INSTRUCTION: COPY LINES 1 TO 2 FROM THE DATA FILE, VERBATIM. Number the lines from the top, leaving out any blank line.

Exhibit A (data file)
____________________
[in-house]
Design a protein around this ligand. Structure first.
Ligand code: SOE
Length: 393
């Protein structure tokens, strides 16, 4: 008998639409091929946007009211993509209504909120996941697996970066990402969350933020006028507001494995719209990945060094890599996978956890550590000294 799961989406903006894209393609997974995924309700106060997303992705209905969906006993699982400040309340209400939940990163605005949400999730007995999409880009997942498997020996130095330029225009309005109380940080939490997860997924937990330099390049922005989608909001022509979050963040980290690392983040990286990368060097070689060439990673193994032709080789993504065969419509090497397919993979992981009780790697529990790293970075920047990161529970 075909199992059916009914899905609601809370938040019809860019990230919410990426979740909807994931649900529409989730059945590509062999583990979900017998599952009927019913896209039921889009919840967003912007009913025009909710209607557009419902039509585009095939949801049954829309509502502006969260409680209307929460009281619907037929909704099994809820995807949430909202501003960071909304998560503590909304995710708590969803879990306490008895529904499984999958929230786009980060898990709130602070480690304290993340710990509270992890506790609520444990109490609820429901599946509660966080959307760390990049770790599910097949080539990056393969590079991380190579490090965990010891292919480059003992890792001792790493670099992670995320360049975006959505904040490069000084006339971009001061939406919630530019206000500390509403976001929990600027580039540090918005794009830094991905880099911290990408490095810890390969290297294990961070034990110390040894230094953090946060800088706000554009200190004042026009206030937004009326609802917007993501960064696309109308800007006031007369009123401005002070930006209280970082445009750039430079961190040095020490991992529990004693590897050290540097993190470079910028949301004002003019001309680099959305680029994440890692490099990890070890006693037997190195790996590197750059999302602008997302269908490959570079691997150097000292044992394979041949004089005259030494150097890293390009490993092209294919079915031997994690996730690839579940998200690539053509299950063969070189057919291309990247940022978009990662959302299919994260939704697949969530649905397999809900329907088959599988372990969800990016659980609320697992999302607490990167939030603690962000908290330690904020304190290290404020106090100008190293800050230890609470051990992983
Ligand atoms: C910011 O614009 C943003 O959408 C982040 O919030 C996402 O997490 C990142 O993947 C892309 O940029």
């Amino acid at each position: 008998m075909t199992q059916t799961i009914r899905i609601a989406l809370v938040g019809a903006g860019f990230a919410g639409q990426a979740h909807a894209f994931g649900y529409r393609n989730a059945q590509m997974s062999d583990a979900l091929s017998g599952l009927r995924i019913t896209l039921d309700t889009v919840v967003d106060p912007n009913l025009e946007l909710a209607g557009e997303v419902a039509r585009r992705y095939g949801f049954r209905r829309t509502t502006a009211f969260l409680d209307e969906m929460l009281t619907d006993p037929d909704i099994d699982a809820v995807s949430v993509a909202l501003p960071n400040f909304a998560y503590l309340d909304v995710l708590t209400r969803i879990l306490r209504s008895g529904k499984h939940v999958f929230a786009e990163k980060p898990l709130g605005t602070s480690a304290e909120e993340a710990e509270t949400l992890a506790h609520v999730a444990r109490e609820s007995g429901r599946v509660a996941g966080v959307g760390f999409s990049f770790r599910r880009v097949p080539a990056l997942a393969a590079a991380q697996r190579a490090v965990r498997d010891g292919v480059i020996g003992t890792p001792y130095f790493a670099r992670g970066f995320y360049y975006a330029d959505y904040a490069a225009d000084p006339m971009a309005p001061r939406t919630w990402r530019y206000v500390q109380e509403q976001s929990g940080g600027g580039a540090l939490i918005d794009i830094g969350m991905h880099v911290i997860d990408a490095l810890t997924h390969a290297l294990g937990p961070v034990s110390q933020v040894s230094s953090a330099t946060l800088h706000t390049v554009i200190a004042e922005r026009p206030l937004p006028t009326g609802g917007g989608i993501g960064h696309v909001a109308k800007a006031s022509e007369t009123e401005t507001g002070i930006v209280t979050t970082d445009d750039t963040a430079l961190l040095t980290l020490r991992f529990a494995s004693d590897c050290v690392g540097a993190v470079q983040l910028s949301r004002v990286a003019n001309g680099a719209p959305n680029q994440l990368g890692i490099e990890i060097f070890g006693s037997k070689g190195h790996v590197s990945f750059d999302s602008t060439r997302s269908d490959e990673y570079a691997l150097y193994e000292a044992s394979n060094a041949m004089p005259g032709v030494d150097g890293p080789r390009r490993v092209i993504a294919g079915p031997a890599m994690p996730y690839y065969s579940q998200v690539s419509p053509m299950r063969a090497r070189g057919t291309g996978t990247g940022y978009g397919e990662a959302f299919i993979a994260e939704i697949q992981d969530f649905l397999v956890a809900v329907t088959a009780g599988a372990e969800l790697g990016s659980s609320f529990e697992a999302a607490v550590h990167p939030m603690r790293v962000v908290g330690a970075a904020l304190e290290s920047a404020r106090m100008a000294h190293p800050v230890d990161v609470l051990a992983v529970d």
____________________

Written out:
[in-house]
Design a protein around this ligand. Structure first.